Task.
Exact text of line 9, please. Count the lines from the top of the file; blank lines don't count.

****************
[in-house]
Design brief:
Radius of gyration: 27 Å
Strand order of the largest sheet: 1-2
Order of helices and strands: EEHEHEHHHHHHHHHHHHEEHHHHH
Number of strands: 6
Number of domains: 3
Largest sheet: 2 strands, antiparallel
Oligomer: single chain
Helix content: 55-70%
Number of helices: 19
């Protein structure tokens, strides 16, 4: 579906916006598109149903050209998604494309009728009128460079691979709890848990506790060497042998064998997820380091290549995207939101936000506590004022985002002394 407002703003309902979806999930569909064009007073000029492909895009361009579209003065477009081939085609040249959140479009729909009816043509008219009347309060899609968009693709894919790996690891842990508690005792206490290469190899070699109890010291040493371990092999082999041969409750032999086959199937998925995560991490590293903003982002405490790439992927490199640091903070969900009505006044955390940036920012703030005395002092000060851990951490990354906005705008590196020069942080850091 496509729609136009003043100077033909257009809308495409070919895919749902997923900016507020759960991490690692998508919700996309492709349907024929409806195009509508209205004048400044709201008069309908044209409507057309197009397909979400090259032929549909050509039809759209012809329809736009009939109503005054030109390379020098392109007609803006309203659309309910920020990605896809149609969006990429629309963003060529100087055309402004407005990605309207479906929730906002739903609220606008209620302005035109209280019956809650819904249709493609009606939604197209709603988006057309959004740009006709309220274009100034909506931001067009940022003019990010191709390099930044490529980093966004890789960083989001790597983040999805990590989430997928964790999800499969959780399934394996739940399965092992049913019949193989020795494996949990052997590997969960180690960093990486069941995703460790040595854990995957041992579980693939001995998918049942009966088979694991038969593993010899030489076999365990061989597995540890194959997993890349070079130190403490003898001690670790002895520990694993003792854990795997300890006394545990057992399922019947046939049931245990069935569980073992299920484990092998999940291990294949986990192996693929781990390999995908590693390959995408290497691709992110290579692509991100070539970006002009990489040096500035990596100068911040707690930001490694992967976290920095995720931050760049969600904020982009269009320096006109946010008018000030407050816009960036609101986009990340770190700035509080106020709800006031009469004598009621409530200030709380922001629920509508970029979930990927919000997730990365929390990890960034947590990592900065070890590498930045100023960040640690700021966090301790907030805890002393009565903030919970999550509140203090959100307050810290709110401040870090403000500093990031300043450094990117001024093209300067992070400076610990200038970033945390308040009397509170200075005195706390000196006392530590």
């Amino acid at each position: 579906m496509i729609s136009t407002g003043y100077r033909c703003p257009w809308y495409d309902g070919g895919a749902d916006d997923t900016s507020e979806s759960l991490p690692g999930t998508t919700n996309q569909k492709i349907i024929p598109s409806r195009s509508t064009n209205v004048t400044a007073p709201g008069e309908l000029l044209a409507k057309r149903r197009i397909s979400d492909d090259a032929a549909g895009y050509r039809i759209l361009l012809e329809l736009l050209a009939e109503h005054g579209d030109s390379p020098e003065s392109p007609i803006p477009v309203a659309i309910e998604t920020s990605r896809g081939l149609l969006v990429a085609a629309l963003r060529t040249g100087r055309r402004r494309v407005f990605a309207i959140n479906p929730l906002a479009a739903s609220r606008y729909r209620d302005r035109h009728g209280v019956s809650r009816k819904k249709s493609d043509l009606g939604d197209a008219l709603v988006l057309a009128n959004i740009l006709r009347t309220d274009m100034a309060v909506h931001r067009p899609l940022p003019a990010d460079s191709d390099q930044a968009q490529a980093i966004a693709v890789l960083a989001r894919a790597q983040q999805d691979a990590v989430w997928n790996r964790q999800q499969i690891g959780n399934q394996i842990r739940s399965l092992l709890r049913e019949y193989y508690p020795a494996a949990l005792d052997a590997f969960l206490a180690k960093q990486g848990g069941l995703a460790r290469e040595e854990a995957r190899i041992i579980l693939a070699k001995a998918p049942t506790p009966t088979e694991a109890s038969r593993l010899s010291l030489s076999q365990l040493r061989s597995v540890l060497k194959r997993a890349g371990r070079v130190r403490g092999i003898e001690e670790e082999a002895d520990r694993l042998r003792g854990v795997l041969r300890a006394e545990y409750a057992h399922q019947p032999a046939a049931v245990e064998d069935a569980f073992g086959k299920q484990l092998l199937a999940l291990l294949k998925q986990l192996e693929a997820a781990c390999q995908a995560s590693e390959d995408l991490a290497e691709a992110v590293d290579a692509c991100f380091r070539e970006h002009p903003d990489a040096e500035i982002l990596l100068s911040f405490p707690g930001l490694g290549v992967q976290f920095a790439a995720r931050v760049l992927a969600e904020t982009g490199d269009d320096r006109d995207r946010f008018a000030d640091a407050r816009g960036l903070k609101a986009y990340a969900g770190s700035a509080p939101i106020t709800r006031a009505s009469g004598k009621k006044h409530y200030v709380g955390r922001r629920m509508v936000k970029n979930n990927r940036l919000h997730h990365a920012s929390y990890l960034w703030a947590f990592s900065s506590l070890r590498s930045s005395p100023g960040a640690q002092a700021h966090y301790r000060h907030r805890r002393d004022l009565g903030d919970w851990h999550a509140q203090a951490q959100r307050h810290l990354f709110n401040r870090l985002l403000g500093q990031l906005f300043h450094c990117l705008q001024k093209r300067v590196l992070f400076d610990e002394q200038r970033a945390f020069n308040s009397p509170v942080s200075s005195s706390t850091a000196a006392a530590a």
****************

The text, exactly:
Oligomer: single chain